Interdependency Application # 4
This final application involves sequencing your routine so the synergists or stabilizers from one exercise become the prime movers in the next-for example, doing Hamstring Curls, where the main stabilizer is the spinal erectors, and then immediately doing a set of Hyperextensions, where the prime mover is the spinal erectors.
based on the interdependency of Muscle Groups, we can increase the effectiveness of exercise by:
- Never working a muscle as prime mover before that muscle is called on to work as synergist. (The Interdependency Principle)
- doing Compound Sets; same prime mover, different synergists
- Sequencing exercises so a muscle that functioning synergist or stabilizer in one exercise id forced to function as a prime mover in the next.
FUNCTIONAL STRENGTH AND ISOLATION
There are many exercises for each body part. Some rely heavily on synergists and stabilizers. Most of these are "major body motion" exercises like Bench Press, Seated Rows, and Squats. Others rely only moderately on synergists and stabilizers. These are more focused exercises like Pectoral Flys, Tricep Kick-Backs, and Leg Extensions.
Major body motion exercises duplicate the ways you use muscles in everyday life.
Think about it-when was the last time you did a motion resembling a Tricep KickBack outside of the gym? In contrast, every time you push open a door, or help a neighbor move a couch or refrigerator, what you are doing looks a whole lot like a Bench Press. Every time you lift a heavy box from the floor, the motion resembles a Squat. And if you have to put that box on a top shelf, you are essentially doing a Military Press.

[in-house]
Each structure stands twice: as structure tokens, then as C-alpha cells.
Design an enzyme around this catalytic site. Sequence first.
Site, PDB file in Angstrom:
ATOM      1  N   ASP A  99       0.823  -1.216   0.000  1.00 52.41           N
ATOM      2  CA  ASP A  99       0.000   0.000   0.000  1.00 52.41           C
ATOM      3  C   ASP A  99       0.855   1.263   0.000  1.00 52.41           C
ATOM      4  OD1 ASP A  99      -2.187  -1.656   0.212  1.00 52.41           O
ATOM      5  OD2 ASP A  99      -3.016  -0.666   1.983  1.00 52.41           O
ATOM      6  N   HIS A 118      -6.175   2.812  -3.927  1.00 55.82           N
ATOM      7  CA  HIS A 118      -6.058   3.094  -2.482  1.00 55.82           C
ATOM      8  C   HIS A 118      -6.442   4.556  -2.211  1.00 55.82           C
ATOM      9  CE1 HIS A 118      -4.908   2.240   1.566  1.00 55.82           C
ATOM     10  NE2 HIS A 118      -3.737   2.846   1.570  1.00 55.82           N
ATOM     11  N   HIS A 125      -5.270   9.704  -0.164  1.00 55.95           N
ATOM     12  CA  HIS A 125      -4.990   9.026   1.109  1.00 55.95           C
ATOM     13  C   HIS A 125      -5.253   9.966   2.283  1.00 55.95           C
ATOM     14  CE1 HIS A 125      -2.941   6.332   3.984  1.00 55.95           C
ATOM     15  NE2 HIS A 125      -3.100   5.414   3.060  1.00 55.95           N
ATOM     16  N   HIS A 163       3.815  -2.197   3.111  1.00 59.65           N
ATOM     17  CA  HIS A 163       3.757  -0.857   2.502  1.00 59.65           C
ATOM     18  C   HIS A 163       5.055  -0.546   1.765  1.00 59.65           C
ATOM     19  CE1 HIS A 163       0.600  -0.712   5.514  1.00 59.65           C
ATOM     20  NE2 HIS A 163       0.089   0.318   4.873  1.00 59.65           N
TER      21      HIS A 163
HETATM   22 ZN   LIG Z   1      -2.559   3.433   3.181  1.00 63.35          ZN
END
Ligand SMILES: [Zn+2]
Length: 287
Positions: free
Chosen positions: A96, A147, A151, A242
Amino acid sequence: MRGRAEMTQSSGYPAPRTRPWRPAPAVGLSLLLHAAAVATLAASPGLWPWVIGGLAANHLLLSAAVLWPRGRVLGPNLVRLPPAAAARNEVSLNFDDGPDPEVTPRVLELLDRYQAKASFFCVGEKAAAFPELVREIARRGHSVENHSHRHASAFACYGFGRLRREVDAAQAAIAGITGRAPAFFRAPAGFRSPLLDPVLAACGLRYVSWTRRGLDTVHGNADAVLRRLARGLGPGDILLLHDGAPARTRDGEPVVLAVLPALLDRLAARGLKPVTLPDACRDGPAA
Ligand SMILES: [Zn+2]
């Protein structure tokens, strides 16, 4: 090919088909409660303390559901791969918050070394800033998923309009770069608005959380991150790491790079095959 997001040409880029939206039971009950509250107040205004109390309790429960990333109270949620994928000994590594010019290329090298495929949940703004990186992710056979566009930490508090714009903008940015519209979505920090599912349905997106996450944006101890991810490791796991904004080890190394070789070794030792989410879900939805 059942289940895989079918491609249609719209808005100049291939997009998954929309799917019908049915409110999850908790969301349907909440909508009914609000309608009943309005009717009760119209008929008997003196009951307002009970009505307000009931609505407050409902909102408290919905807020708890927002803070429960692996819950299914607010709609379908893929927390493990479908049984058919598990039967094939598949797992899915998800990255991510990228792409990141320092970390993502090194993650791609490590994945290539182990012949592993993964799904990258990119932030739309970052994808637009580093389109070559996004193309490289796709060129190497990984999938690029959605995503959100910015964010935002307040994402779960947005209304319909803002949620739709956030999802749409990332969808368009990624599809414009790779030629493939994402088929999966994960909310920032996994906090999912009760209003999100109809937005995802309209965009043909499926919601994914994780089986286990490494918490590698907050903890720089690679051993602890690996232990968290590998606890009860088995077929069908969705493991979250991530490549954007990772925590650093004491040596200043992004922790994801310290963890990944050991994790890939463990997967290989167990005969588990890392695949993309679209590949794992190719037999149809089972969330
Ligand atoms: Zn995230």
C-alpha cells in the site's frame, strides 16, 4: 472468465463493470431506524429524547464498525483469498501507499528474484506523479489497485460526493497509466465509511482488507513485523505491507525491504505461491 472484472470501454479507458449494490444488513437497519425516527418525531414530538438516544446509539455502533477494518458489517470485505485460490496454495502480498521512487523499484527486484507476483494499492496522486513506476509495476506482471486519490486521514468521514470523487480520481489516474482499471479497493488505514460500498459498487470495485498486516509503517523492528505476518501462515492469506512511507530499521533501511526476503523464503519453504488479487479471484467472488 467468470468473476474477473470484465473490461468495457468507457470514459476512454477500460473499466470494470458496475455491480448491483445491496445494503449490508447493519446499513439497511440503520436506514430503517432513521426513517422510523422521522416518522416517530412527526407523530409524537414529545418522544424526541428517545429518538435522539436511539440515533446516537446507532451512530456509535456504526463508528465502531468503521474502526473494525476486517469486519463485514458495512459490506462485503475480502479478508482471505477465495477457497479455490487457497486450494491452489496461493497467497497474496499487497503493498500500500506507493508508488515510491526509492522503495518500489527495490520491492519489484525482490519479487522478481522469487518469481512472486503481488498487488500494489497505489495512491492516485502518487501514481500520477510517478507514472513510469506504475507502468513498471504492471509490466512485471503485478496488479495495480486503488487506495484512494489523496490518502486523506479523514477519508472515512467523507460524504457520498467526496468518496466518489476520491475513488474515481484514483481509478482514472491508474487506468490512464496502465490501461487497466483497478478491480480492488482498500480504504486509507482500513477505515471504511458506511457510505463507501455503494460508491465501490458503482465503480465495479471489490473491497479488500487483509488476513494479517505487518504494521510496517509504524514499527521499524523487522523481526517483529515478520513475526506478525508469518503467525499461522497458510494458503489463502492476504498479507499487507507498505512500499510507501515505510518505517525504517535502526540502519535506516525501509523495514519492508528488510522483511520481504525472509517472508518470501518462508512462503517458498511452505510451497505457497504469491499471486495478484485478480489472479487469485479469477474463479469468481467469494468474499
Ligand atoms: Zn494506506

The kind of functional strength resulting from major body exercises is much more important in terms of health and effectiveness in day-to-day physical activity than the limited, specific strength resulting from isolation exercises.
This doesn't mean isolation exercises are "bad." Quite the contrary. Isolation is a powerful tool for maximizing the development of specific muscle groups ~r segments of specific muscle groups. What it does mean is you should never construct a routine consisting solely of isolation exercises.
A balanced workout includes both major body motion-"functional strength" exercises, and isolation exercises.
However, Functional Strength Exercises (FSEs) should precede isolation exercises. Here's why:
FSEs are most effective when performed with heavy weights-and in the interest of safety, it's better to do heavy exercises before you tire the synergists and stabilizers for a body part. Doing FSEs with heavy weights maximizes the involved muscles' Fatiguel Tension level, tires the prime mover sufficiently for later isolation exercises to have an effect, and puts sufficient stress On the ligaments to strengthen them.
That last point is very important. Only a substantial overload-like the kind you get performing FSEs with heavy weight-puts sufficient stress on your musculoskeletal system to strengthen ligaments and thicken bones.